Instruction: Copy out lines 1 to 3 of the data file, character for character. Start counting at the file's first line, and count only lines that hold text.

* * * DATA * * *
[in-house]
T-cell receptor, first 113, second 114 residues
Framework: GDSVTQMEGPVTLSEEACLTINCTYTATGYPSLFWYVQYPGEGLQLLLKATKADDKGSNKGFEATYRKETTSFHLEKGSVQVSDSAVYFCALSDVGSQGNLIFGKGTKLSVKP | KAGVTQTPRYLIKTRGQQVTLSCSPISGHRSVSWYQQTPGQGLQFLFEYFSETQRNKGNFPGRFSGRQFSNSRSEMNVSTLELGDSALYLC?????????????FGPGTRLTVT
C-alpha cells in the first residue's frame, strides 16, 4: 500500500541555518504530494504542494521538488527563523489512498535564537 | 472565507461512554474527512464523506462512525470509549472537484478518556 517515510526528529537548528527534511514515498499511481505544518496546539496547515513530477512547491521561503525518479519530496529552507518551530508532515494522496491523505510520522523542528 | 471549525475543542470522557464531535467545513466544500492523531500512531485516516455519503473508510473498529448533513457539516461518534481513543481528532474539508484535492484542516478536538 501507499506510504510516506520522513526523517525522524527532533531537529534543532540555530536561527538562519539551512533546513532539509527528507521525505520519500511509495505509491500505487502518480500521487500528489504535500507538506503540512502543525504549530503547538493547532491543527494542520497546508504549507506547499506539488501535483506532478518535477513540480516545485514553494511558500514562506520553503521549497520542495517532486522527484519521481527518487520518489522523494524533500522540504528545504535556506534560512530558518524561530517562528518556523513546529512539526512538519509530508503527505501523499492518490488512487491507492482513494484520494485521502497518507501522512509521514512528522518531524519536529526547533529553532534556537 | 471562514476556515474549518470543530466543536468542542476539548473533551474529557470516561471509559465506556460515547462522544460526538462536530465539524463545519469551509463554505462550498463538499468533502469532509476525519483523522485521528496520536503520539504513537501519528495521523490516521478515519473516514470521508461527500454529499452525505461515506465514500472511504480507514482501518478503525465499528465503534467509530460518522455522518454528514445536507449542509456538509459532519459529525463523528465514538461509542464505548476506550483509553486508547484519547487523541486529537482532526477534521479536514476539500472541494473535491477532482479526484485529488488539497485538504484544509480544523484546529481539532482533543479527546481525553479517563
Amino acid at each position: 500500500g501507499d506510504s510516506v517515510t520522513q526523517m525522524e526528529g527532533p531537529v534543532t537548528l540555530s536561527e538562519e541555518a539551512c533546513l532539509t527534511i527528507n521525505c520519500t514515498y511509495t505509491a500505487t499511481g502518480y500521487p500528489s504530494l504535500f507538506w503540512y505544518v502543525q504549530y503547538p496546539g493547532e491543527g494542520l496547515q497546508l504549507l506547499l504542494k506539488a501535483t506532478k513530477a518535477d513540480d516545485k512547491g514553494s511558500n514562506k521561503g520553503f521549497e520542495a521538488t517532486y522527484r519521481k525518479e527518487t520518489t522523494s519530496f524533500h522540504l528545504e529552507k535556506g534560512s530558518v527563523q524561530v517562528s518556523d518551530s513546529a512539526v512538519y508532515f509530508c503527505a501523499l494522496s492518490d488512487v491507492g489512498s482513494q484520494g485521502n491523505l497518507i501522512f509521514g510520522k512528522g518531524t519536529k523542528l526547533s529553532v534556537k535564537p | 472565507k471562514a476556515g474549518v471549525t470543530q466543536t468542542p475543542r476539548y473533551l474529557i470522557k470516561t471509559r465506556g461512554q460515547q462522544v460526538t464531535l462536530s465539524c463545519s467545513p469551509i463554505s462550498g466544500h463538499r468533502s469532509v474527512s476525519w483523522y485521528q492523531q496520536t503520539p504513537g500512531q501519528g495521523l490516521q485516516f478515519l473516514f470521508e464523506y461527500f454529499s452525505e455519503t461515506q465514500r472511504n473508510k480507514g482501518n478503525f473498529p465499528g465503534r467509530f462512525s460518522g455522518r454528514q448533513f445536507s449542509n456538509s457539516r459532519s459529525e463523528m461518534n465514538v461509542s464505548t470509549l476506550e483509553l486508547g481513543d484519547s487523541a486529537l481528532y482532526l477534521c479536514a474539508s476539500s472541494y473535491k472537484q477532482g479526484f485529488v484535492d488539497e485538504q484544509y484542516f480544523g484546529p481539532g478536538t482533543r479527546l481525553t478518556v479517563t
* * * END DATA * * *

[in-house]
T-cell receptor, first 113, second 114 residues
Framework: GDSVTQMEGPVTLSEEACLTINCTYTATGYPSLFWYVQYPGEGLQLLLKATKADDKGSNKGFEATYRKETTSFHLEKGSVQVSDSAVYFCALSDVGSQGNLIFGKGTKLSVKP | KAGVTQTPRYLIKTRGQQVTLSCSPISGHRSVSWYQQTPGQGLQFLFEYFSETQRNKGNFPGRFSGRQFSNSRSEMNVSTLELGDSALYLC?????????????FGPGTRLTVT